The Commission is required under Part 6 of the Broadcasting Act 1989 to allocate money appropriated by Parliament to enable all registered political parties to broadcast election programmes and election advertising during the election period for a general election (‘the broadcasting allocation’).
Following the enactment of the Broadcasting (Election Programmes and Election Advertising) Amendment Act 2017, the Commission is no longer required to allocate free time for party opening and closing addresses. Eligible parties are now able to use their broadcasting allocation on the internet.
The Commission commenced the allocation process for the 2017 general election in February 2017 with a view to issuing the allocation decision in May. On 1 February, the Prime Minister announced that the 2017 general election will be held on 23 September.
For more information on the 2017 broadcasting allocation process and decision see the Commission's full decision here.
Amount of public money appropriated
On 21 February, in accordance with section 74, the Associate Minister of Justice notified the Commission that the amount of money appropriated by Parliament to enable political parties to fund their broadcasting of election programmes and election advertising for the 2017 general election is $3,605,000 plus GST ($4,145,750 incl GST). This is a $750,000 increase on the amount allocated in 2005, 2008, 2011 and 2014.
Section 78(1) specifies that a party is only eligible to receive an allocation if it:
- has provided a notice of qualification by the date required by the Commission that the party considers it will be qualified for an allocation; and
- the party was registered on the Register of Political Parties at the time of the dissolution or expiry of Parliament.
In the year in which Parliament is due to expire, the Commission advertises in the Gazette the date by which parties must give notice that they consider themselves eligible for an allocation of broadcasting money. For the 2017 allocation the Gazette notice was published on 2 February and the deadline for parties to give notice was 3 March.
Any party can give notice that they believe they will be qualified, but parties have to be registered to continue to qualify for an allocation. An unregistered party can give notice in anticipation that they believe they will be registered by the date of dissolution of Parliament.
Though other parties could be registered before a general election, if they did not give notice to the Commission by the required date, they cannot be considered for an allocation in accordance with section 78(1)(a).
Broadcasting allocation criteria
Section 78(2) sets out the criteria to which the Commission must have regard when determining the allocation.
The criteria are:
- the number of persons who voted at the preceding general election for a party and its candidates; and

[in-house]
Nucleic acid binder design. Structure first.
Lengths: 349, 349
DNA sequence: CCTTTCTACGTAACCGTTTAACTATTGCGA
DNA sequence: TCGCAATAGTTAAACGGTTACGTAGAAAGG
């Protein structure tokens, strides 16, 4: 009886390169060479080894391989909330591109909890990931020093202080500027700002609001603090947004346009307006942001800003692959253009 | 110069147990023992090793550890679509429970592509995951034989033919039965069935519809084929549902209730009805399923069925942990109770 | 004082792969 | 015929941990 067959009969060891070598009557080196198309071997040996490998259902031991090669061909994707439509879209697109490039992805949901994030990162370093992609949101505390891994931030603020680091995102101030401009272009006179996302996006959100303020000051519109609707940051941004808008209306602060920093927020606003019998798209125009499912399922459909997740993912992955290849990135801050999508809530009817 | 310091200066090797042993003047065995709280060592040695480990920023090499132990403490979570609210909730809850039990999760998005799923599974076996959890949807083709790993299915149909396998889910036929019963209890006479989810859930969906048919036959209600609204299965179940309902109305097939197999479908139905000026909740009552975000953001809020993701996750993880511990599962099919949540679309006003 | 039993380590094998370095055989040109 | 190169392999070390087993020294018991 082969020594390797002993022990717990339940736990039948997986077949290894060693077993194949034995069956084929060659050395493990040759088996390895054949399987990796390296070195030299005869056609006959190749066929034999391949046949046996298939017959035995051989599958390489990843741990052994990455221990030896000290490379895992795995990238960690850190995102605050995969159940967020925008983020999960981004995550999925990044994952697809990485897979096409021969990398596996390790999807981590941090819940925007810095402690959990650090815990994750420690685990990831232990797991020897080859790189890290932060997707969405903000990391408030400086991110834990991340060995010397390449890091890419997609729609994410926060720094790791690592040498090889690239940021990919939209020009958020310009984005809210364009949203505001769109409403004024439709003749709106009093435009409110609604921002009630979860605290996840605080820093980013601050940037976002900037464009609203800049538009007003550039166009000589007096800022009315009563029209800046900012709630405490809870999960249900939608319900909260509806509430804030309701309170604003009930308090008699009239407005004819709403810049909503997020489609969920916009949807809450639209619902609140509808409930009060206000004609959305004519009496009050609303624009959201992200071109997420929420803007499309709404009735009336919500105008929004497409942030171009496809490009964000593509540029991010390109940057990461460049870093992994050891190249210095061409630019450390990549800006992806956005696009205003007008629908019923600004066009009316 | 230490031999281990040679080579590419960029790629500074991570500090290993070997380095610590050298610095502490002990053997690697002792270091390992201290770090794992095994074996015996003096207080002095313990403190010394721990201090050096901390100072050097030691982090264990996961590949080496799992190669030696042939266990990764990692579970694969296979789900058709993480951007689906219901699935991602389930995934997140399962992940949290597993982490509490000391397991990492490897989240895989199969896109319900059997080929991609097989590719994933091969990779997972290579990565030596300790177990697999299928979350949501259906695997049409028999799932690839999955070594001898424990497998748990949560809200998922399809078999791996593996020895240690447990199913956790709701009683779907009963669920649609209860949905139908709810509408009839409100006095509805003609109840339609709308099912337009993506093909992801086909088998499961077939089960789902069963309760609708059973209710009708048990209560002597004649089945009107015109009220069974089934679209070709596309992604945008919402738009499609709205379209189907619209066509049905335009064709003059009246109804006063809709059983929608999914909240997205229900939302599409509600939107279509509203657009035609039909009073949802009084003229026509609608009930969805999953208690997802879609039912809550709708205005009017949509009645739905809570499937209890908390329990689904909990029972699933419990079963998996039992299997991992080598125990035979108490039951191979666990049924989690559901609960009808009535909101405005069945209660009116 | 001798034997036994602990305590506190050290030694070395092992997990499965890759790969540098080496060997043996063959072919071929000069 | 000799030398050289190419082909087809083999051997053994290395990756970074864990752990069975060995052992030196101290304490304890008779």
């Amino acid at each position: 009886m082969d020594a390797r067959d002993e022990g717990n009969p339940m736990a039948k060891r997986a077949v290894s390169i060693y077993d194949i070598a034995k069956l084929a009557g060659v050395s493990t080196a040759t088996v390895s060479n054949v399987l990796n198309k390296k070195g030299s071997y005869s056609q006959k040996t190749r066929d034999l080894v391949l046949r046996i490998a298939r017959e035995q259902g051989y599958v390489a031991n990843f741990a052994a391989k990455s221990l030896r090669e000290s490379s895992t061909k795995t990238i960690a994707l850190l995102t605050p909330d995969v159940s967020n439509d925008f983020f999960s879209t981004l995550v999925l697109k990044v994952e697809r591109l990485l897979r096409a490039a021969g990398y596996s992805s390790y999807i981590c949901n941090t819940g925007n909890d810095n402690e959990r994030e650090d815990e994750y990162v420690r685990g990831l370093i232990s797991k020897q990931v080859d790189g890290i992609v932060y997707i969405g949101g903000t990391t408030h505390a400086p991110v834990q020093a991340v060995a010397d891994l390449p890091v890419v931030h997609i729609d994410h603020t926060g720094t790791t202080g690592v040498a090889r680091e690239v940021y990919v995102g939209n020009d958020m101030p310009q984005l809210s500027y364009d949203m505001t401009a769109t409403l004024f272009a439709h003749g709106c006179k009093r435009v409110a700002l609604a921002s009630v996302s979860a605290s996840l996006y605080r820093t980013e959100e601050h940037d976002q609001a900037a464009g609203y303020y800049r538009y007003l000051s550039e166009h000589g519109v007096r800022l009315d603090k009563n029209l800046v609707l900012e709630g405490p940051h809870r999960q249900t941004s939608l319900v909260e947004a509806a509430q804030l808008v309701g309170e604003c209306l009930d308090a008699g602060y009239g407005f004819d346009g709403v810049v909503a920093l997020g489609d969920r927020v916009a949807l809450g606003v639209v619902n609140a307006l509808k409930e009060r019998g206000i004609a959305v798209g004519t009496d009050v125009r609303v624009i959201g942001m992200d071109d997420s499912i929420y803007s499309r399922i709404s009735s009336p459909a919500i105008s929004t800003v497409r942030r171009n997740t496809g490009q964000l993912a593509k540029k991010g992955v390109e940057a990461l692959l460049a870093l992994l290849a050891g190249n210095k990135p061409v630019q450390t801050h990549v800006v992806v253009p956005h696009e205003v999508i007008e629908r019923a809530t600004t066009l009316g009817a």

- the number of persons who voted at any by-election held since the preceding general election for any candidate for the party; and
- the number of members of Parliament who were members of a party immediately before the dissolution or expiration of Parliament; and
- any relationships that exist between a party and any other party; and
- any other indications of public support for a party, such as the results of public opinion polls and the number of persons who are members of the party; and
- the need to provide a fair opportunity for each party to convey its policies to the public by the broadcasting of election programmes on television.
Although parties may use their allocation on television, radio and now the internet, the fairness criteria still only refers to television.
How parties can use the allocation
Parties may use the allocation to buy advertising time on television and radio, place advertising on the internet and pay for the production costs of television, radio and internet advertising. The Act prohibits parties from using their own money to buy time to broadcast television and radio advertisements. However, production costs for television and radio advertising can be paid for using the allocation or a party’s own funds. Television and radio advertisements can only be broadcast from writ day.
Parties may use the allocation to produce election advertisements and to place advertising on the internet before and after writ day. However, parties must use their own money to place election advertisements on the internet that only appear before writ day. Parties may use their allocation to produce internet advertisements, but parties must publish these advertisements both before and after writ day.
Parties will be required to file an audited return of broadcasting allocation expenses incurred by the party (for the 2017 general election, by 21 February 2018).